But there are still some lingering worries here. While we may accept that in the case of the herbs there is no universal fever-reducing-ness, does the same response work for simple substances such as elementary particles? Assuming for the sake of argument that an electron is an elementary particle, surely all electrons share something in common. Doesn’t the ability to bring about similar effects require a shared capacity – in this case, the same set of causal powers? One possible response to this line of argument, formulated by the philosopher Kamalaśīla (8th century), is to adopt what we would recognize as a Humean view of causation. Kamalaśīla rejected the notion of causal powers entirely, and like Hume, stated that there is nothing more to causation than constant conjunctions of events. Once again, talk of “causal powers” is just a convenient way of speaking about certain correlations that we never fail to observe.

This is obviously a very brief sketch of apoha nominalism. There is much more to say, particularly on the subtle differences between different versions of apoha defended by different Buddhist philosophers. Thisis a good place to start for further reading.

References

[1] From the translation in Apoha: Buddhist Nominalism and Human Cognition, edited by Mark Siderits, Tom Tillemans and Arindam Chakrabarti (2011).

Nyāya Substance Dualism

In an earlier post, I went over an argument for the existence of God that was formulated by philosophers in the Nyāya tradition. Here my aim is to provide a brief summary of some Nyāya arguments for substance dualism, the view that mental and physical substances are radically distinct.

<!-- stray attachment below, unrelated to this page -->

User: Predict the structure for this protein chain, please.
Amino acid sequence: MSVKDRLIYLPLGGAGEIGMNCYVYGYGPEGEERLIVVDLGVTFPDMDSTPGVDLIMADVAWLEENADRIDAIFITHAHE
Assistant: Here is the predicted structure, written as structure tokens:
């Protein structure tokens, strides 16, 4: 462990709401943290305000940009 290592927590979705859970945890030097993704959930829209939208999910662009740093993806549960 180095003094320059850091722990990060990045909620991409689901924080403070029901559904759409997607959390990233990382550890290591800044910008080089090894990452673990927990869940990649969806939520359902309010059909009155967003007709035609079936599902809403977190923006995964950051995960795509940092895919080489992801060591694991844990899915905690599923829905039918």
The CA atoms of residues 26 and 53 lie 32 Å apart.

The categories of substance and quality were fundamental to Nyāya metaphysics. A substance is the concrete substratum in which qualities inhere. An apple, for instance, is a substance, and redness is a quality that inheres in it. Substances can be complex and made up of parts (like an apple) or simple and indivisible (like an atom).

Nyāya held that in addition to physical substances, there are non-physical ones. Our individual soul – that is, our Self – is a non-physical substance. Like atoms, individual souls are simple and indivisible, and hence eternal (since destroying an object is the same as breaking it up into its constituent parts, and simple substances do not have any constituent parts). Consciousness, and different conscious states like desires and memories, are qualities that inhere in the substantial Self.

The primary philosophical adversaries of Nyāya belonged to two different camps. The first was Cārvāka, which claimed that only physical substances exist, that the mind does not exist apart from the body, and that the self is reducible to the totality of the body and all its functions. The other was Buddhism, which rejects physicalism but denies the existence of the substantial Self. Buddhism replaces the idea of the Self with a stream of momentary causally connected mental states. Nyāya was engaged in a protracted series of debates with both Cārvāka and Buddhism. Versions of the arguments I summarize in this essay were developed and defended by Nyāya thinkers such as Vātsyāyana (5th century), Uddyotakara (7th century) and Udayana (10th century), among others.